Curtis Granderson's performance vs left-handed pitching tailed off at the end of 2012.Right after the season ended, we took a look at what some of the current Mets could improve upon to better the team's chance of winning in 2014.
Curtis Granderson has some work to do as well.
If you want to chalk up Granderson's 2013 numbers to injury issues and rustiness, that's fair. We'll throw those out. But let's take a look at what happened to him in his last healthy season.
Granderson had a 2 ½ month stretch in 2012 in which he was a similar hitter to what he was in the latter part of 2010 (when he made adjustments to his swing), and in 2011, when he was an MVP candidate. And then he went into a funk that lasted the rest of the season.
Granderson's struggles could be attributed to a number of things, but the one that jumps out is his struggles against left-handed pitching.
Granderson's performance against left-handers was a big reason for his 2011 success.
But somewhere around mid-June, lefties changed how they pitched to Granderson, and his numbers plummeted. If this looks and sounds familiar, it's the same sort of thing Ike Davis went through a couple of years ago.
Granderson vs lefties
Lefty pitchers threw Granderson more breaking balls and fewer fastballs. When Granderson was going good, he'd see about seven breaking balls for every 20 pitches from a lefty. That jumped to 9 per 20 over the last three-and-a-half months of 2012.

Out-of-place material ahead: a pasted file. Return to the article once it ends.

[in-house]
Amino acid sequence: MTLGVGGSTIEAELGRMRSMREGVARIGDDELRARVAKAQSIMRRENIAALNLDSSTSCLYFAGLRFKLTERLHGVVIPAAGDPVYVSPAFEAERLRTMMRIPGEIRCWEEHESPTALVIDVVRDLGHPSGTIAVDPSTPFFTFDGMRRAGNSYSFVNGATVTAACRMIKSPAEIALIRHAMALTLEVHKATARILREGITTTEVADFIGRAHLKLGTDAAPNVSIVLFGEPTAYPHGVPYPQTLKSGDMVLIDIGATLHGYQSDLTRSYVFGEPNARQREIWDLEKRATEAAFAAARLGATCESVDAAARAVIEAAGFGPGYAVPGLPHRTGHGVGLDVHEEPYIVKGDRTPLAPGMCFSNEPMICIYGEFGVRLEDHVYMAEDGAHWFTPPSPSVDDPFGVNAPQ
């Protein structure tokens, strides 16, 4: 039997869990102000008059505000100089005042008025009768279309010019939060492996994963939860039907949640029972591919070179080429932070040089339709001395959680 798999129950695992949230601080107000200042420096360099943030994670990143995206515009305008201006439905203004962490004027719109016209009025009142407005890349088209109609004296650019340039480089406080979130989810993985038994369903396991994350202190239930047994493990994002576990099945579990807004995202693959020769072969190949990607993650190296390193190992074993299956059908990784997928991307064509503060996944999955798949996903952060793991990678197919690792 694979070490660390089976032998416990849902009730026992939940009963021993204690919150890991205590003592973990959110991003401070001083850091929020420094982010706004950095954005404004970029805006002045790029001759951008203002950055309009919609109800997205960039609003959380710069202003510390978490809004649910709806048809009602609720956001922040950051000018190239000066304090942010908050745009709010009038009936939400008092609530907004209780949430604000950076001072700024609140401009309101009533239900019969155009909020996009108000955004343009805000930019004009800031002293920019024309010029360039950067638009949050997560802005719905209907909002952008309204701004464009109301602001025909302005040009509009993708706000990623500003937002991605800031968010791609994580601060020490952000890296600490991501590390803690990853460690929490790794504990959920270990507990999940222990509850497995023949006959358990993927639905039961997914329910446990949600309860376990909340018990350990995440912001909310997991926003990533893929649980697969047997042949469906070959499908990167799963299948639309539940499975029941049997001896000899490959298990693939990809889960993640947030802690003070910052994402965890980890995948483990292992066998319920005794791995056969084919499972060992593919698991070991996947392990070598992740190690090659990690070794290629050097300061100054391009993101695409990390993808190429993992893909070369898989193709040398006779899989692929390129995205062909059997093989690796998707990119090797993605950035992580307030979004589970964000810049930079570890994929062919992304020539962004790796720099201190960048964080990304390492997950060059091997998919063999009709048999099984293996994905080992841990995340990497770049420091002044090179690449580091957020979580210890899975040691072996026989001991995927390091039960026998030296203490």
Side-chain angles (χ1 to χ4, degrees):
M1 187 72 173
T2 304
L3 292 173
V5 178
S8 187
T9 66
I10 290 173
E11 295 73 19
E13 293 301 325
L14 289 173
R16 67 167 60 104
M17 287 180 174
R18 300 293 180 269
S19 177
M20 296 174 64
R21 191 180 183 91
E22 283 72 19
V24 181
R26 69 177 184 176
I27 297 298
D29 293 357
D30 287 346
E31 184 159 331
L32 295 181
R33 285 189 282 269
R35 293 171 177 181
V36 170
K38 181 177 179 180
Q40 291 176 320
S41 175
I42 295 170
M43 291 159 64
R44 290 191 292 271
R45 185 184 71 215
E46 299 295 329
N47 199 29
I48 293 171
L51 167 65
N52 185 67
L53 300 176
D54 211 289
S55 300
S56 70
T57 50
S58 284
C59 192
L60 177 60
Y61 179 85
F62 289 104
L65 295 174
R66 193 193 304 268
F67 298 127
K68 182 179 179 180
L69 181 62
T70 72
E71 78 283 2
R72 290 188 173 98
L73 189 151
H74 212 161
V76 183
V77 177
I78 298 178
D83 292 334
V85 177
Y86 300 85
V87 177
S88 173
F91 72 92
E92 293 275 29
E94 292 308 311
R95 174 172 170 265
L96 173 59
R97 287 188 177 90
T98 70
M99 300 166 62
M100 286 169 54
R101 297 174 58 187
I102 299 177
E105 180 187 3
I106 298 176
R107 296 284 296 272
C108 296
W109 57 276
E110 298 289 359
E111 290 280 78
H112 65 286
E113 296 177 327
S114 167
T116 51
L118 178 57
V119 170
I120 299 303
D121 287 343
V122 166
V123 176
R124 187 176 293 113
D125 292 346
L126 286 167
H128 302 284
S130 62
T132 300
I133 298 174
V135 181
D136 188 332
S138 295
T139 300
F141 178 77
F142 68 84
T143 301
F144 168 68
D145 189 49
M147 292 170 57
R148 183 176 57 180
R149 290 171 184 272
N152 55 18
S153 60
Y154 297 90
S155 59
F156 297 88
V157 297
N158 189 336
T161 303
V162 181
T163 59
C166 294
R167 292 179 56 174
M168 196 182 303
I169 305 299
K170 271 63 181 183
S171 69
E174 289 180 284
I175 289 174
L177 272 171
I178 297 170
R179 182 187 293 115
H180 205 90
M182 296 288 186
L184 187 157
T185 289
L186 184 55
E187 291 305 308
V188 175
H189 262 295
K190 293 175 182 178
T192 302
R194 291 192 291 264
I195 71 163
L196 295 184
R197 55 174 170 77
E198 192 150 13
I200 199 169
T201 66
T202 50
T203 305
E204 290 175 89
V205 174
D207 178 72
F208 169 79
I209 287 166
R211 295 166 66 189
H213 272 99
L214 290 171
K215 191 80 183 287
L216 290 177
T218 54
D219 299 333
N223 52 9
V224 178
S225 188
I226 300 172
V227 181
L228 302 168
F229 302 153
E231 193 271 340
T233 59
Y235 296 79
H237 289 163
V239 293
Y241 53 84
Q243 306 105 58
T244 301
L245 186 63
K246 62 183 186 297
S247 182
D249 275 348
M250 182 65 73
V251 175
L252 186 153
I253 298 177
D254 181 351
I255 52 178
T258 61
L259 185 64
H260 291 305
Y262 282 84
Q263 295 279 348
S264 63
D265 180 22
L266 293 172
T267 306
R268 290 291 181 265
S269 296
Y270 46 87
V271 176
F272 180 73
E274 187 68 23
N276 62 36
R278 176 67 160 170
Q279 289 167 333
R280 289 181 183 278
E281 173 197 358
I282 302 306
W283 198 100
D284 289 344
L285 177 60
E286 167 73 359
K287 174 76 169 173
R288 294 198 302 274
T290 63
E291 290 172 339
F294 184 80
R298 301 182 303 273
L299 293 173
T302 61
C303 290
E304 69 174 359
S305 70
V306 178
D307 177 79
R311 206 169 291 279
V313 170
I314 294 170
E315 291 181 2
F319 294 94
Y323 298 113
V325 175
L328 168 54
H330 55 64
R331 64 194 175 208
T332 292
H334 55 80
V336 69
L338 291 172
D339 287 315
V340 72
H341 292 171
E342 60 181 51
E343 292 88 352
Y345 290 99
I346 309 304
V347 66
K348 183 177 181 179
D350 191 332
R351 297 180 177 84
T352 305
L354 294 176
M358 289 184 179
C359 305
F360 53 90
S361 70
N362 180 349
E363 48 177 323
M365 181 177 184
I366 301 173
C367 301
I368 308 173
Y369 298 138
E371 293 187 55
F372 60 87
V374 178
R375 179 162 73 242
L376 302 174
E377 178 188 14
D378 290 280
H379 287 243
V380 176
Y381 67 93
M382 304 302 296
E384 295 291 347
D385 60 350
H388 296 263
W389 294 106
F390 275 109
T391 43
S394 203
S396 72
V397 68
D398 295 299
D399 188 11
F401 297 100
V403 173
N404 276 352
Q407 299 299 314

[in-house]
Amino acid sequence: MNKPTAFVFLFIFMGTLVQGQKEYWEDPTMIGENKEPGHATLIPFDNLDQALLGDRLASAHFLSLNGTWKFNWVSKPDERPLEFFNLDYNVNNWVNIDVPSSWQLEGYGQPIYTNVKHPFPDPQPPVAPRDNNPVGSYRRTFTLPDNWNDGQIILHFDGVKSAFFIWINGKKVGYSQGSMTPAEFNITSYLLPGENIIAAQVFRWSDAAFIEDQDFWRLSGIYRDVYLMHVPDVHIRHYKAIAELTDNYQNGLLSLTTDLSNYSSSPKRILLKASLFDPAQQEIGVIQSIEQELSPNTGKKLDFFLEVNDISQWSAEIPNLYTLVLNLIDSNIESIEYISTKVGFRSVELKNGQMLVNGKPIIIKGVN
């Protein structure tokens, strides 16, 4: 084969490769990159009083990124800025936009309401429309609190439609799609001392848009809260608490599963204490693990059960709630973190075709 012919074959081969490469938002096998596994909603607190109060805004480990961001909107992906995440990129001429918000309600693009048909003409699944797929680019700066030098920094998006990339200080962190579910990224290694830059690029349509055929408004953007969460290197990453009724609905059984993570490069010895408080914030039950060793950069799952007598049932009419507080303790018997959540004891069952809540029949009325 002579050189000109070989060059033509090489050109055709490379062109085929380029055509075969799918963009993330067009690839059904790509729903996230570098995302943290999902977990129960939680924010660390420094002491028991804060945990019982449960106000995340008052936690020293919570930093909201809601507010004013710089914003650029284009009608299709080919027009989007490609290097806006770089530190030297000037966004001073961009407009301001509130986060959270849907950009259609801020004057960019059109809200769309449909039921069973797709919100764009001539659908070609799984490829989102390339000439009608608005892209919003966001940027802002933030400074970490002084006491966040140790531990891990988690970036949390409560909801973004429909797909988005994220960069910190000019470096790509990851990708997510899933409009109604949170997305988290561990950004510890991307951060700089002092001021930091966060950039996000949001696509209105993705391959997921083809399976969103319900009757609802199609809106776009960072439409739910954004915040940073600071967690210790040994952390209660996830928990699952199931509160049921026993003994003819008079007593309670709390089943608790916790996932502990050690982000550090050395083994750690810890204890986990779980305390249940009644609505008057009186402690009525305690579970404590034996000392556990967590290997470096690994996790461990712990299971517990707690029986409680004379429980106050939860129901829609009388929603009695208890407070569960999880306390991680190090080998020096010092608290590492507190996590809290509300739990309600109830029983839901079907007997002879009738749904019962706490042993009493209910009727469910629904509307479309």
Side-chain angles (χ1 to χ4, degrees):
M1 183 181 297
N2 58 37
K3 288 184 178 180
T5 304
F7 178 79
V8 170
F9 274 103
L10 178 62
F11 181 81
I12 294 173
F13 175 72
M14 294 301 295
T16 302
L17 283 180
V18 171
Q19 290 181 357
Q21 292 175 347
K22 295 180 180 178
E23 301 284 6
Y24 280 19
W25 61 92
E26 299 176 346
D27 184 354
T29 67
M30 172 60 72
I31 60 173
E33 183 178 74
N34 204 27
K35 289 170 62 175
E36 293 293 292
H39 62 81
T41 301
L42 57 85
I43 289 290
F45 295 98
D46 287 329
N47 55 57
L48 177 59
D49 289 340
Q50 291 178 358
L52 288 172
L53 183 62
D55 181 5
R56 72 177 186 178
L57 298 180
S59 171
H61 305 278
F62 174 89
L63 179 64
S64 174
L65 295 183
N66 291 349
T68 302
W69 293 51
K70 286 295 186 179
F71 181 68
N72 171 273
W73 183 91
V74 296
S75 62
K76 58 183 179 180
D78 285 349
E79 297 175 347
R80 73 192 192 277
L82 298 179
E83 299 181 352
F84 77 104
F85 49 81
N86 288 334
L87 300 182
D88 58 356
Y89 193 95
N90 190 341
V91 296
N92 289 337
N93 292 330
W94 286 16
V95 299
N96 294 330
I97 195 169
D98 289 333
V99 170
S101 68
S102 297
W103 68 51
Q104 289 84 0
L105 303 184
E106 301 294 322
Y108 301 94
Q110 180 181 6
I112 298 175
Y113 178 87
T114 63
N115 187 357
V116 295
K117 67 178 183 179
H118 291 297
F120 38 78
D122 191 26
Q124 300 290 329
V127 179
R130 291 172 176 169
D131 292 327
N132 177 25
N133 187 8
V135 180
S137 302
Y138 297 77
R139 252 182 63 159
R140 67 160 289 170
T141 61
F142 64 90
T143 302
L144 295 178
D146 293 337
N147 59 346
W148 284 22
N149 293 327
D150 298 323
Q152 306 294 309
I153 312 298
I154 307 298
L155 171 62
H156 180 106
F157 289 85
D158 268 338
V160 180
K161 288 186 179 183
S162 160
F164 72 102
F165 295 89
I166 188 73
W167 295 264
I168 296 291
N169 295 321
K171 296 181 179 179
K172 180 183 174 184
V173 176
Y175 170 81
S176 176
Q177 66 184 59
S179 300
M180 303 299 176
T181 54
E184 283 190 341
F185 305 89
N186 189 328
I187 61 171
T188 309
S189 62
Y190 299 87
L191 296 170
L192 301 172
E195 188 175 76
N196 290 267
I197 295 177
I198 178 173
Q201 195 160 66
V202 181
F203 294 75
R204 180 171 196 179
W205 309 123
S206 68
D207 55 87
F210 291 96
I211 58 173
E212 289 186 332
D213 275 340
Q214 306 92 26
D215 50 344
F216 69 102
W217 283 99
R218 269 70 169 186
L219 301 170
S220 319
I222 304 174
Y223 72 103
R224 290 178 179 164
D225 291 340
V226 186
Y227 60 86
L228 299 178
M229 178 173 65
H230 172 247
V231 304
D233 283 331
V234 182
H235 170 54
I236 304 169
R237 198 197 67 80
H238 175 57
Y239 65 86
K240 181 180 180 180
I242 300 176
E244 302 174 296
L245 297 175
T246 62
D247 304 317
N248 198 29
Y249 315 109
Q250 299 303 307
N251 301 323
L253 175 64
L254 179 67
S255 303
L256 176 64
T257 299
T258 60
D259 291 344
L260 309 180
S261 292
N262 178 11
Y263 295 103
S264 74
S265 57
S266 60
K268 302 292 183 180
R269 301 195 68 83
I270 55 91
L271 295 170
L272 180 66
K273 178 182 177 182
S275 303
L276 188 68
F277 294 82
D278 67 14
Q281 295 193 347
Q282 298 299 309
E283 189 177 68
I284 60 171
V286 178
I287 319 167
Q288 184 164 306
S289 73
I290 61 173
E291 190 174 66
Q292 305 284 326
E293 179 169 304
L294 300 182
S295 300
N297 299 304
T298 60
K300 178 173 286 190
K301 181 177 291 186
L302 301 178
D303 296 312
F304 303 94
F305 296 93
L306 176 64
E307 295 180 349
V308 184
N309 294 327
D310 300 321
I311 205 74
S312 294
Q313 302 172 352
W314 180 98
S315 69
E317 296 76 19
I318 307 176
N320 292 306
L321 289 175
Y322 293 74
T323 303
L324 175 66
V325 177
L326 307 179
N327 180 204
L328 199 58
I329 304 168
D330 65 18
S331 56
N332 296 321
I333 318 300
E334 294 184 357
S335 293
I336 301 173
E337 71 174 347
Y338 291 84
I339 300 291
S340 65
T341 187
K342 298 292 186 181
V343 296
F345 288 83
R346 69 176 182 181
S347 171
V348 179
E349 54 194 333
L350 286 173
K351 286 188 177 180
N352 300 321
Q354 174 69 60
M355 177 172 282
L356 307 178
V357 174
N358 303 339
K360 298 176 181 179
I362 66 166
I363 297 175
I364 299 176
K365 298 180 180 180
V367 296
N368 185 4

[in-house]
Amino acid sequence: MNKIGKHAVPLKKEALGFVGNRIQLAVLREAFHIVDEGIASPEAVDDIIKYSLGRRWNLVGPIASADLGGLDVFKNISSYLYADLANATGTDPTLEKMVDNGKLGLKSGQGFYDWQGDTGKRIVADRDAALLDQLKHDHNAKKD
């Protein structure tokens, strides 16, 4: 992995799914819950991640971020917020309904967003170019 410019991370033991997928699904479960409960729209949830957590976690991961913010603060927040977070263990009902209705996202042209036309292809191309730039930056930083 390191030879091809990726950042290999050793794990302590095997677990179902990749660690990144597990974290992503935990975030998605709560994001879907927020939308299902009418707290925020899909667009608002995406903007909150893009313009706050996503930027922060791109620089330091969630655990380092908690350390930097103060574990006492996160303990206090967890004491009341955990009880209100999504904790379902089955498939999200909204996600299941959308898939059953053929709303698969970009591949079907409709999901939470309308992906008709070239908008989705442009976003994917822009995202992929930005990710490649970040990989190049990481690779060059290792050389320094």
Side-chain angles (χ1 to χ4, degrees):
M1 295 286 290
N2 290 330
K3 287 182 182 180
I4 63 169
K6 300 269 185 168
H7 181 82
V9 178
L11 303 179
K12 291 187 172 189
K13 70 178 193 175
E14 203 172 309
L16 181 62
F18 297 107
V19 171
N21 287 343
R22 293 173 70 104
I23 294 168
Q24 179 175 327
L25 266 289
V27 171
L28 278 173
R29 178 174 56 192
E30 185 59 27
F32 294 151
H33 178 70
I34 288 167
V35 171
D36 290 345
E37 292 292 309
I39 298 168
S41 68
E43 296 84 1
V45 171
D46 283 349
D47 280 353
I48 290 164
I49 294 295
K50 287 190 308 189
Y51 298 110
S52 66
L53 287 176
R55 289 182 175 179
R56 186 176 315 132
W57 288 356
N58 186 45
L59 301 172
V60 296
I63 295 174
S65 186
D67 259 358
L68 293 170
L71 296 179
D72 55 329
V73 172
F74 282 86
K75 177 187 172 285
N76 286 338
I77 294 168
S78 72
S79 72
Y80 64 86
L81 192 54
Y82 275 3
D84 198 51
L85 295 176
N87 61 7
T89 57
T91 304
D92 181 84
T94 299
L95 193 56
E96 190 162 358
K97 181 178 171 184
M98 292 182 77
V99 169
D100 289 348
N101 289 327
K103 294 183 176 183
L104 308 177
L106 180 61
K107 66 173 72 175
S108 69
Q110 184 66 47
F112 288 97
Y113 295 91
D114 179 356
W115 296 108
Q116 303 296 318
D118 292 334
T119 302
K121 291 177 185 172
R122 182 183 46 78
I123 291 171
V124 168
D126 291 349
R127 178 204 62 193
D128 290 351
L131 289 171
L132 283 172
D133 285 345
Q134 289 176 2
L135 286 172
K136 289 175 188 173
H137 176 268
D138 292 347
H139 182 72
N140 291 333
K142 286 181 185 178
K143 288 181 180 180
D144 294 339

Granderson's issues were more with the curveball than with the slider, particularly the curve that swept in as a borderline strike, knee-high and on the outside corner. That pitch has consistently given him trouble. The more he saw it, the more his numbers dropped.
Granderson made more outs on curveballs from lefties in the final three months of 2012 (34) as he did in the 15-month stretch encompassing 2011 and the start of 2012 (32).
The change in approach resulted in Granderson missing on a much higher rate of his swings. It may have thrown him off in a couple of other ways. He went from hitting a line drive at a rate of once every 33 pitches against lefties to doing so once every 64. And when he did hit the ball in the air, he wasn't pulling it as often as he previously did. That cut down both on his home runs and his singles.
In all, the differences in Granderson's performance against lefties in that three-and-a-half month stretch took nearly 20 points off his batting average, turning a guy who hit in the .250s to one who hit in the .230s, hence the skepticism from some.
For what it's worth, Granderson went 15 for 62 (.242 batting average, .435 slugging percentage) against lefties in 2013, but that small sample coincided with him again seeing curveballs in limited doses. You would figure National League lefties (like Cole Hamels, Cliff Lee, Gio Gonzalez and Mike Minor to name a few division rivals) will figure Granderson out pretty quickly.
The Mets would be well advised to do the work so that they're ready with the necessary adjustments for Granderson when that happens.